7 Fruits You May Not Know But Can Find in Hawaii

These exotic fruits give you a tasty reason to venture into ethnic neighborhoods, farm stands and farmers markets across the Islands.
Most people think about pineapples, mangoes and papaya when they think about Hawaii fruits. But there are so many other, more exotic fruits that grow in the Islands. Photo: David Croxford

When you think of Hawaii fruits, images of freshly picked pineapples, papayas and coconuts probably come to mind.

But what about rambutan or cainito?

In Hawaii, a slew of unusual fruits can be found at local farms, specialty grocers and farmers markets across the state.

SEE ALSO: 3 Hawaii Farmers Markets Locals Love

Here are seven fruits you may never have heard of—but you can find in Hawaii:


Photo: Jackie Kojima

Don’t let the rambutan’s hairy red and green shell scare you: Slice it open and you’ll find a golf ball-size nugget of sweet, creamy flesh that’s ready to eat. Rambutan, which comes from the Malay word rambut, meaning “hair,” is native to Southeast Asia. Plant varieties from Malaysia, Indonesia, Thailand and the Philippines can be found growing in Hawaii during the peak months of February and March, so get it while you can at various farmers markets across the state. The jellylike fruit inside tastes similar to lychee but slightly tarter. Rambutan is a great source of fiber and vitamin C, so you can enjoy this tropical treat guilt-free.


Photo: Jackie Kojima

If you miss rambutan season, not to worry! Try the less colorful but equally delicious longan, which is available in the Islands all year long. Longan comes from the Chinese word longyan, meaning “dragon eye” since its translucent flesh and black seed resembles an eyeball. Rambutan, longan and lychee are all part of the soapberry family. Longan, native to southern China, is known to be the most tart of the three but is just as juicy. Pick it up at any farmers market or at Sun Chong Grocery ($5.99/lb.) in Chinatown in Honolulu.

Canistel or Egg Fruit

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Egg fruit, one of the most prolific fruits from Central America, gets its name from its bright yellow flesh and texture, which are similar to a hard-boiled egg yolk. While its taste has been compared to chestnuts, sweet potatoes and kabocha (Japanese winter squash), this savory, soft fruit that comes into season in the colder fall and winter months, shines as a star ingredient in jams, custards, shakes, eggnog or just on its own. Snag some canistel at Thoune Farm’s booth at the Kapiolani Community College Farmers Market in Honolulu ($3.99/lb.) or in Chinatown for as little as $2.99.

Loquat or Biwa

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Loquats may resemble canistel, but this yellow pear-shaped fruit has a distinctly different taste and mouthfeel. Loquats are known for their sweet yet acidic taste and are native to southeastern China. They may have been introduced to the Islands as early as 1787 by Chinese visitors and can still be found in cooler regions. Check out Chinatown or various farmers markets in the spring since loquats are in season from May to December in Hawaii. If you’re feeling under the weather, keep an eye out for honey-loquat syrup, sold at most traditional Chinese medicine shops. Since ancient times, loquat leaves—because of its anti-inflammatory effects.have been used to treat the lungs and prevent vocal strain and laryngitis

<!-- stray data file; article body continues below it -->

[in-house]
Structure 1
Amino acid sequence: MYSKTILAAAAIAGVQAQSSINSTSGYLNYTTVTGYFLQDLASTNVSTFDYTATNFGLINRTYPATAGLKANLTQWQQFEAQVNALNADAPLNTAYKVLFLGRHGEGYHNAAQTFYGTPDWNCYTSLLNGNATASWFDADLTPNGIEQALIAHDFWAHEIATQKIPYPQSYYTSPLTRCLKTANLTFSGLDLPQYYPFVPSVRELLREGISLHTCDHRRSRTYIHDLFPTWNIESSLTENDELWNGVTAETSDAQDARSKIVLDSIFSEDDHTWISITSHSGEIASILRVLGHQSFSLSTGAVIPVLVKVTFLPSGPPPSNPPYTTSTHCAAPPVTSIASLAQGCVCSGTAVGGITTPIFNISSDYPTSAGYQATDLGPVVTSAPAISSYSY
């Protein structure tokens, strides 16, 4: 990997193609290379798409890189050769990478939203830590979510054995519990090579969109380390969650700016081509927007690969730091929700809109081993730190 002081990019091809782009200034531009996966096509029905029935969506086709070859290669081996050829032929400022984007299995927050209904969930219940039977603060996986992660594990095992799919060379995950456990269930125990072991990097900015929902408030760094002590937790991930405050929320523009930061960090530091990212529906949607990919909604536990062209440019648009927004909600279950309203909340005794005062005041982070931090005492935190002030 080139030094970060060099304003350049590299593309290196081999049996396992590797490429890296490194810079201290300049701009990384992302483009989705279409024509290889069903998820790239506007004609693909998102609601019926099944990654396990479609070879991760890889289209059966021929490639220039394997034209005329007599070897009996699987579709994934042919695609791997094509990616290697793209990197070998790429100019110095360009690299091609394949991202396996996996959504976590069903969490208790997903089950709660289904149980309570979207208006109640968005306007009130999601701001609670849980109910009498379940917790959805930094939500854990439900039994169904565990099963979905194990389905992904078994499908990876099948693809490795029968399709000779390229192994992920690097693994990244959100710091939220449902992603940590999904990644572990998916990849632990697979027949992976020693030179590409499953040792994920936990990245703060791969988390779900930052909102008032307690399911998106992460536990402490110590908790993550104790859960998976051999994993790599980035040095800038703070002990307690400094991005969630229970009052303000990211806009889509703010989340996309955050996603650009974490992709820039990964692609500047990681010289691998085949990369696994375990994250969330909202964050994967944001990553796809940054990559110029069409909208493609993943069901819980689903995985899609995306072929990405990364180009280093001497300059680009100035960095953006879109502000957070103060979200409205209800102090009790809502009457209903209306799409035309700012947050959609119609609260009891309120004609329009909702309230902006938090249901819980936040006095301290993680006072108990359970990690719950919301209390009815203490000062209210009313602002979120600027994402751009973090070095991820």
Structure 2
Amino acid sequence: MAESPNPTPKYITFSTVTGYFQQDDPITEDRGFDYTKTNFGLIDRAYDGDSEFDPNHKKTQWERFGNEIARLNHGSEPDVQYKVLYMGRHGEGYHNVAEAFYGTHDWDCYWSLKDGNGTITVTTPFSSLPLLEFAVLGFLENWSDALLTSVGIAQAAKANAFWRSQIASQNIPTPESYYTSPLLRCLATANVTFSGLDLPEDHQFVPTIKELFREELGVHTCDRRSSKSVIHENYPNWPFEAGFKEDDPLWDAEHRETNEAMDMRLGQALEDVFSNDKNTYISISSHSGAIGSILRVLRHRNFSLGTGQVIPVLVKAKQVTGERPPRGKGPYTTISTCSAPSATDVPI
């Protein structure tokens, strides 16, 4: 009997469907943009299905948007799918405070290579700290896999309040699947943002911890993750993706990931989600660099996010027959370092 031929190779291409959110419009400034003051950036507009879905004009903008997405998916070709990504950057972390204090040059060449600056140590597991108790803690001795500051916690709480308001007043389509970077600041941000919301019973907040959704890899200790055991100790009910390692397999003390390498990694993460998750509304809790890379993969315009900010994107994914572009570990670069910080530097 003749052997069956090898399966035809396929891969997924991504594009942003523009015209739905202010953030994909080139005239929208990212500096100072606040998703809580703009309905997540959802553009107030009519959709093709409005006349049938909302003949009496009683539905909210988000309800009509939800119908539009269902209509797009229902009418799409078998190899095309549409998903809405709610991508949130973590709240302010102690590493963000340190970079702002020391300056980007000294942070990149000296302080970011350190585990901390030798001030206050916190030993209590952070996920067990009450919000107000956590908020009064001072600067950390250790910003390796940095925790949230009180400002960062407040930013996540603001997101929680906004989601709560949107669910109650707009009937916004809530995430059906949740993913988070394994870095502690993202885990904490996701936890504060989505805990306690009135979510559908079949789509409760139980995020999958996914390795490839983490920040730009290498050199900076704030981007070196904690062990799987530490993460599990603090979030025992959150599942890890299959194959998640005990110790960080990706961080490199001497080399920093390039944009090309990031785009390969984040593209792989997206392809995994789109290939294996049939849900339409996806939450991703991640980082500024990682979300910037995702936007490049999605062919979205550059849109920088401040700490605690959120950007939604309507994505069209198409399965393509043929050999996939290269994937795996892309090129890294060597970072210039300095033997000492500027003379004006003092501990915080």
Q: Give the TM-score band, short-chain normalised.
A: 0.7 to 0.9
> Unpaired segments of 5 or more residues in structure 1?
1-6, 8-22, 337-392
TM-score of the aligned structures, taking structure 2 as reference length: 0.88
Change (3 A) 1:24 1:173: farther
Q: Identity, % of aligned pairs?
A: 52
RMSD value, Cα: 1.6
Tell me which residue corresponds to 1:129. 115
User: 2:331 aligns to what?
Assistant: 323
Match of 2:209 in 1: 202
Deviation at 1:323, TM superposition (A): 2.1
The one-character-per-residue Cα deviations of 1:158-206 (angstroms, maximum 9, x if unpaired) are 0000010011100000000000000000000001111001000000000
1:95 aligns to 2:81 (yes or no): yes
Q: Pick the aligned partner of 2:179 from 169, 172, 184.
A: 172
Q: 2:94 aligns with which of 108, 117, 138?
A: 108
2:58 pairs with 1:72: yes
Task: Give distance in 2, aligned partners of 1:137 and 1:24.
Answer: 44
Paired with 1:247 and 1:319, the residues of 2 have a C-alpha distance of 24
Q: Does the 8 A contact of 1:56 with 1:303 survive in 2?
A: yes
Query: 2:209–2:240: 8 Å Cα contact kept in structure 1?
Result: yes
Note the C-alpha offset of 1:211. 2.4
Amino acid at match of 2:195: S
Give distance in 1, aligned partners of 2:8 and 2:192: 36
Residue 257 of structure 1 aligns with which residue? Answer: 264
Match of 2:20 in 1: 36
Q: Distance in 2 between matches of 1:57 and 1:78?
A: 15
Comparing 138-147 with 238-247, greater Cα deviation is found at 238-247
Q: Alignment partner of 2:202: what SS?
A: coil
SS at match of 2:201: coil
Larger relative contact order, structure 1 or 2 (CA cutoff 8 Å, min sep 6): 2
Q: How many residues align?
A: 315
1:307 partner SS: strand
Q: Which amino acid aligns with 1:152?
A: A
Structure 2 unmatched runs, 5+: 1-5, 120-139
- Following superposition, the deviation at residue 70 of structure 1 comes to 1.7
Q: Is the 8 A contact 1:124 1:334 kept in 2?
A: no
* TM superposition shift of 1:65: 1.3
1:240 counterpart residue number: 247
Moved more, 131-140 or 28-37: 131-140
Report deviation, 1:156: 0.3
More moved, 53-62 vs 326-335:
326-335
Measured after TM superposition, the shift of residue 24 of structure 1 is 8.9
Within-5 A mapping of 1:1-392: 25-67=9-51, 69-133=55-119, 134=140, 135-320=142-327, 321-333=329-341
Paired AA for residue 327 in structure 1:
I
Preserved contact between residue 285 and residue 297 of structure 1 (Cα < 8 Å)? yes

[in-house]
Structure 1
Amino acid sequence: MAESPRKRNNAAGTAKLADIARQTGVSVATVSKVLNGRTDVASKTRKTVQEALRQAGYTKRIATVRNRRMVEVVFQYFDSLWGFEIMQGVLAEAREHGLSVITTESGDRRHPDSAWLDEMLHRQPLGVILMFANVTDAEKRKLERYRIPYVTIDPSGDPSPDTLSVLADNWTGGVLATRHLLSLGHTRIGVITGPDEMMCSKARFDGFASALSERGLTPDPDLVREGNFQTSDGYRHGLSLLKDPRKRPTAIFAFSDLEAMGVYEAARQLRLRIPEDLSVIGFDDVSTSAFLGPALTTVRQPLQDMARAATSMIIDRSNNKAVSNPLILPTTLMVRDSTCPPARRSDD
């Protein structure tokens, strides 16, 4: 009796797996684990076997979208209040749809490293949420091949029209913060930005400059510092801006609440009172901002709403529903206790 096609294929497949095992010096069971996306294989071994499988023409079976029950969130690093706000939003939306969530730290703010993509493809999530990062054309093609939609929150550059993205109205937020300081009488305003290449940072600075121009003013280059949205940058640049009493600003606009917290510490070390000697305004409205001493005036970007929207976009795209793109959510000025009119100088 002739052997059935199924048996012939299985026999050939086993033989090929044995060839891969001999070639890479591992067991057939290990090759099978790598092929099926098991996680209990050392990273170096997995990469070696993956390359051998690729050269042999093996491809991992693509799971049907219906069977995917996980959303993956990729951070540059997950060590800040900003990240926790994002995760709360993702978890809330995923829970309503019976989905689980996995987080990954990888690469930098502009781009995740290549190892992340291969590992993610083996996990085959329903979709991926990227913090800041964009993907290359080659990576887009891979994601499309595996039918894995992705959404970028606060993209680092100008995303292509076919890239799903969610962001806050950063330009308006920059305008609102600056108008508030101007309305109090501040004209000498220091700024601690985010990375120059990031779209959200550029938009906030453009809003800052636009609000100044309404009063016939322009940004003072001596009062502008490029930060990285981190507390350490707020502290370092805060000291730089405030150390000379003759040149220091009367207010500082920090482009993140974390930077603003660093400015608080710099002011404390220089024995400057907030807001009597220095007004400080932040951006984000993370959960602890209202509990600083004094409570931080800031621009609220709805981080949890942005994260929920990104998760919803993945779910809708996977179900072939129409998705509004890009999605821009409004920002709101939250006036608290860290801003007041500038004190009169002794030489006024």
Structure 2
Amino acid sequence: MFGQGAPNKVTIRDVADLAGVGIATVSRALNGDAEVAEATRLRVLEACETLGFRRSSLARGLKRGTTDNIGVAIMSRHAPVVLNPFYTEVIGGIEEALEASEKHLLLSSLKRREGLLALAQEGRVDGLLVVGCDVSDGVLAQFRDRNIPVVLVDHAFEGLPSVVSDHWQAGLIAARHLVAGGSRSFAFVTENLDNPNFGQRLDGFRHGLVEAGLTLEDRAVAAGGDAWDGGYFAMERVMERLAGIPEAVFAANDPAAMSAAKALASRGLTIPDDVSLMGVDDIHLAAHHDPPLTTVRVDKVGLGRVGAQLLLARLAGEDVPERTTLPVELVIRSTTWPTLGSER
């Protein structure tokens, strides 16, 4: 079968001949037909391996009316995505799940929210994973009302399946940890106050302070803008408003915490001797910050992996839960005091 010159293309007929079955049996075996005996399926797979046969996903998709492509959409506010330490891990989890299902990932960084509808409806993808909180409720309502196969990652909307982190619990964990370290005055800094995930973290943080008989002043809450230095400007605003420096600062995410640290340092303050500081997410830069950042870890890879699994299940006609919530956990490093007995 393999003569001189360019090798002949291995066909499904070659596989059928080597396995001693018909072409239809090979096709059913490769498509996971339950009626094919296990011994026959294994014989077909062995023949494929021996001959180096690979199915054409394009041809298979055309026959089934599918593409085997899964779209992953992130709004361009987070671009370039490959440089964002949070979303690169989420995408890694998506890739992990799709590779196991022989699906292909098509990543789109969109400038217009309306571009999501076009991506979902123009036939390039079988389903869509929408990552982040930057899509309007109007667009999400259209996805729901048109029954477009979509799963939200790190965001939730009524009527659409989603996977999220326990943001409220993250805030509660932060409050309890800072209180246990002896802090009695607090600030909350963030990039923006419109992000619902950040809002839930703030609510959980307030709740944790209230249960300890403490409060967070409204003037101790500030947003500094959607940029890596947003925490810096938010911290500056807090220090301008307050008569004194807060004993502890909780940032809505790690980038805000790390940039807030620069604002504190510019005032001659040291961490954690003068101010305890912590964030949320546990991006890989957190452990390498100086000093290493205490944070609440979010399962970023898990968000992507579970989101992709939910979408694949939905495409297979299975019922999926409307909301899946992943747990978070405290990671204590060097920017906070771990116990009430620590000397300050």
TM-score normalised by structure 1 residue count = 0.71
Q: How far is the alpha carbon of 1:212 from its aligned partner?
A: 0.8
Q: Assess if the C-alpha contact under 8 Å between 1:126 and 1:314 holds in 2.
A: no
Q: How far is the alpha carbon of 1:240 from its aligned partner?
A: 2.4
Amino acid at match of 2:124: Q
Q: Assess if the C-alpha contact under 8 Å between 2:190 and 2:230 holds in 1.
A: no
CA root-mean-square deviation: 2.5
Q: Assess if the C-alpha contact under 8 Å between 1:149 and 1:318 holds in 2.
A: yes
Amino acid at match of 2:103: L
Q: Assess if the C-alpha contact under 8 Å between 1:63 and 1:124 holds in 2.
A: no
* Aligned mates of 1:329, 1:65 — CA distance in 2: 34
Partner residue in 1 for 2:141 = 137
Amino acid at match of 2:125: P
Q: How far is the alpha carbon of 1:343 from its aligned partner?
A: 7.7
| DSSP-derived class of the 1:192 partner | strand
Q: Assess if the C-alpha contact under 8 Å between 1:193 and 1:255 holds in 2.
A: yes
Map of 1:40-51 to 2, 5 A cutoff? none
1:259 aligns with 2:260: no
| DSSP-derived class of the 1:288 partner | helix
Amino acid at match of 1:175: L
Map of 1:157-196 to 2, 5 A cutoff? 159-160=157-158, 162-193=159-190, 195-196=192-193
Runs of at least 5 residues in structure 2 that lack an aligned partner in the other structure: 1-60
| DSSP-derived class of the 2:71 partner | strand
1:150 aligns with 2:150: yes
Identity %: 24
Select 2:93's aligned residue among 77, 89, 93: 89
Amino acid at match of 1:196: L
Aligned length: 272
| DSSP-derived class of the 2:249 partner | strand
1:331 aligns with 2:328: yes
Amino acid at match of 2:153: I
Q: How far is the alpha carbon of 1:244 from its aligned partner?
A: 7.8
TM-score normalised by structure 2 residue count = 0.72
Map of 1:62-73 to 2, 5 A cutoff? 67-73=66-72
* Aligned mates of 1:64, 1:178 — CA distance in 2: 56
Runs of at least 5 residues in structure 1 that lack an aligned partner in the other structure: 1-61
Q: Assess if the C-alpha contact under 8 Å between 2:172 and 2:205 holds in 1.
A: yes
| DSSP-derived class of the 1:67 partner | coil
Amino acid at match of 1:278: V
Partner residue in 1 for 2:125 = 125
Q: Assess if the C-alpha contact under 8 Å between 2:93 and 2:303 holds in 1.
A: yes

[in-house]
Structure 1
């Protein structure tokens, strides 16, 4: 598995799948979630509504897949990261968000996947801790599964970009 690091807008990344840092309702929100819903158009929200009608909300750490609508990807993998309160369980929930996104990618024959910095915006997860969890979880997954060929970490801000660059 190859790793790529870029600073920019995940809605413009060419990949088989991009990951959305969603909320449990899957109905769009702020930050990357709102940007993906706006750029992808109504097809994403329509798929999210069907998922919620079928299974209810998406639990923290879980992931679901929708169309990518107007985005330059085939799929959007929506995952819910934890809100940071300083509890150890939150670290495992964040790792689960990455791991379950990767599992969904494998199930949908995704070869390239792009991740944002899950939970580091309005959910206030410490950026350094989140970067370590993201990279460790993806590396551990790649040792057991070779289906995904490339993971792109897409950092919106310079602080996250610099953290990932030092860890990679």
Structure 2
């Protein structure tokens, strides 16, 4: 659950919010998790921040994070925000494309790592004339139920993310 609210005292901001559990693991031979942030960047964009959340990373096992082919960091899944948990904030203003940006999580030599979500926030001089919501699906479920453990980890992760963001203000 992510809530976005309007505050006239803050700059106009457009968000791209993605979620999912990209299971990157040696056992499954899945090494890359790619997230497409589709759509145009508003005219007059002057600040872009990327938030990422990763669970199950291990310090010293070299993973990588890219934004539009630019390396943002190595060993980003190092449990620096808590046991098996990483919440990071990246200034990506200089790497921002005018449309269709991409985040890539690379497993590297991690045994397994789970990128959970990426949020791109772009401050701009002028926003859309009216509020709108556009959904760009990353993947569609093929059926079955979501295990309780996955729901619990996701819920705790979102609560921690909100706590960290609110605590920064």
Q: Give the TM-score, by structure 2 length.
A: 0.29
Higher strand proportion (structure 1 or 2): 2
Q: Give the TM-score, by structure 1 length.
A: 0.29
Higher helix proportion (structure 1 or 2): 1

Photo: Jackie Kojima

For those of us living in Hawaii, it’s not uncommon to receive a generously packed bag of starfruits from a relative or neighbor’s backyard tree. Starfruits are native to the Malesia region, which encompasses Indonesia, the Philippines and Malaysia. This crunchy, juicy fruit is in season from September to April and is packed with antioxidants, potassium and vitamin C. You can easily get your starfruit fix at any farmers market. Visit Lei’s Farm stand ($3.99/lb.) at the Kapiʻolani Community College Farmers Market for a beautiful array of produce. Looking for a way to take starfruit home? Be sure to check out the Maui Upcountry Jams & Jellies’ lilikoi starfruit syrup at Whole Foods ($7.99/bottle), which goes great with waffles, ice cream or even as a garnish for chicken, pork and fish dishes.

Ulu or Breadfruit

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It’s no wonder that the early Polynesian settlers chose to bring ulu along on their journey to Hawaii centuries ago, since it can be eaten at all stages. In its immature stage, it’s green and can be cooked as a vegetable. In its mature stage, ulu becomes firm and starchy like a potato. Wait a little longer for it to ripen and the fruit will turn sweet, soft and custardy. Ulu season stretches from November to June and the fruit can be found in Chinatown and at farmers markets around the island. Honolulu-based Ulu Mana uses breadfruit to make hummus in a variety of flavors; its products are sold at farmers markets and select grocery stores and specialty shops on Oahu, Maui and Kauai. Click here to learn how to handle and prepare ulu with local chef Sam Choy as part of the Hooulu ka Ulu (Revitalizing Breadfruit) Project.

Cainito or Star Apple

Photo: Jackie Kojima

Cainito is characterized by dark purple or green skin and white pulp, resembling the texture and taste of soft persimmons. Although its origins are disputed, prominent botanists Paul Standley and Louis Williams claim that the fruit is indigenous to the West Indies. Cainito was introduced to Hawaii before 1901 and comes into season in the spring and summer. You can find it in Chinatown in Honolulu for $4.59/lb. It’s best eaten chilled, cut in half and spooned out like a kiwi. If you’re a fruit fanatic, try making the Jamaican dessert matrimony. Simply peel and section grapefruits, oranges, mangoes and cainito and mix with nutmeg, sherry and condensed milk for a heavenly treat.

Categories: Food, Travel Tips